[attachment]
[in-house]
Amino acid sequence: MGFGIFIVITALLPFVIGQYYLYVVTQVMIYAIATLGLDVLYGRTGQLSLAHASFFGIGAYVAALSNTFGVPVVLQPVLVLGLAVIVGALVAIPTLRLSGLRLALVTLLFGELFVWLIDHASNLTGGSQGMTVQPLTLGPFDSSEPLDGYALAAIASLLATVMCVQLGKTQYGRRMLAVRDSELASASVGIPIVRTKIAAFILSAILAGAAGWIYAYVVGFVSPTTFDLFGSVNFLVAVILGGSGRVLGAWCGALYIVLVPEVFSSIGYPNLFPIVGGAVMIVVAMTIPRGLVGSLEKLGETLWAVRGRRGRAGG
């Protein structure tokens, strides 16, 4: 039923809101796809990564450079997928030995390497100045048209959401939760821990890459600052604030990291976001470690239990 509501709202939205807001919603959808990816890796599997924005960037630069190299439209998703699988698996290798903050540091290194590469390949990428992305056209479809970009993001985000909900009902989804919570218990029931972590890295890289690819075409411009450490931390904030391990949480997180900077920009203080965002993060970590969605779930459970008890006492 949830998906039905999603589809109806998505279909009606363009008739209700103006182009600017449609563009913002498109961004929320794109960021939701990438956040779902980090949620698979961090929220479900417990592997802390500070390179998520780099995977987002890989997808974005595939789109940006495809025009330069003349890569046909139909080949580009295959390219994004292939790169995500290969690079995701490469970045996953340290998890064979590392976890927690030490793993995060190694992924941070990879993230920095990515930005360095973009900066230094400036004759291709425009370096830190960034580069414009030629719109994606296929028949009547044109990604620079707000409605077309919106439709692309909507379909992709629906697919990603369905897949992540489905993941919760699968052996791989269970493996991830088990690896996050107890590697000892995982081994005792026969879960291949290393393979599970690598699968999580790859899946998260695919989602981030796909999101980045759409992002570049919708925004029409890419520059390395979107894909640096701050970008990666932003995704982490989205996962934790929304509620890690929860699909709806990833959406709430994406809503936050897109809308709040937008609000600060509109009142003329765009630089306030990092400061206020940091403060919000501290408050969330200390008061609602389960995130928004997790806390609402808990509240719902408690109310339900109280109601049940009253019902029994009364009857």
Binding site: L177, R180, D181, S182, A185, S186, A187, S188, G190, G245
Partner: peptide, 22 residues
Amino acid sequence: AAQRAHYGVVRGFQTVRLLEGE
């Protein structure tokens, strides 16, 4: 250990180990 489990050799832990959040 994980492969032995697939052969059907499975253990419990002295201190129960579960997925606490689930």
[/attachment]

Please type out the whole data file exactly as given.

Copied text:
[in-house]
Amino acid sequence: MGFGIFIVITALLPFVIGQYYLYVVTQVMIYAIATLGLDVLYGRTGQLSLAHASFFGIGAYVAALSNTFGVPVVLQPVLVLGLAVIVGALVAIPTLRLSGLRLALVTLLFGELFVWLIDHASNLTGGSQGMTVQPLTLGPFDSSEPLDGYALAAIASLLATVMCVQLGKTQYGRRMLAVRDSELASASVGIPIVRTKIAAFILSAILAGAAGWIYAYVVGFVSPTTFDLFGSVNFLVAVILGGSGRVLGAWCGALYIVLVPEVFSSIGYPNLFPIVGGAVMIVVAMTIPRGLVGSLEKLGETLWAVRGRRGRAGG
């Protein structure tokens, strides 16, 4: 039923809101796809990564450079997928030995390497100045048209959401939760821990890459600052604030990291976001470690239990 509501709202939205807001919603959808990816890796599997924005960037630069190299439209998703699988698996290798903050540091290194590469390949990428992305056209479809970009993001985000909900009902989804919570218990029931972590890295890289690819075409411009450490931390904030391990949480997180900077920009203080965002993060970590969605779930459970008890006492 949830998906039905999603589809109806998505279909009606363009008739209700103006182009600017449609563009913002498109961004929320794109960021939701990438956040779902980090949620698979961090929220479900417990592997802390500070390179998520780099995977987002890989997808974005595939789109940006495809025009330069003349890569046909139909080949580009295959390219994004292939790169995500290969690079995701490469970045996953340290998890064979590392976890927690030490793993995060190694992924941070990879993230920095990515930005360095973009900066230094400036004759291709425009370096830190960034580069414009030629719109994606296929028949009547044109990604620079707000409605077309919106439709692309909507379909992709629906697919990603369905897949992540489905993941919760699968052996791989269970493996991830088990690896996050107890590697000892995982081994005792026969879960291949290393393979599970690598699968999580790859899946998260695919989602981030796909999101980045759409992002570049919708925004029409890419520059390395979107894909640096701050970008990666932003995704982490989205996962934790929304509620890690929860699909709806990833959406709430994406809503936050897109809308709040937008609000600060509109009142003329765009630089306030990092400061206020940091403060919000501290408050969330200390008061609602389960995130928004997790806390609402808990509240719902408690109310339900109280109601049940009253019902029994009364009857």
Binding site: L177, R180, D181, S182, A185, S186, A187, S188, G190, G245
Partner: peptide, 22 residues
Amino acid sequence: AAQRAHYGVVRGFQTVRLLEGE
């Protein structure tokens, strides 16, 4: 250990180990 489990050799832990959040 994980492969032995697939052969059907499975253990419990002295201190129960579960997925606490689930």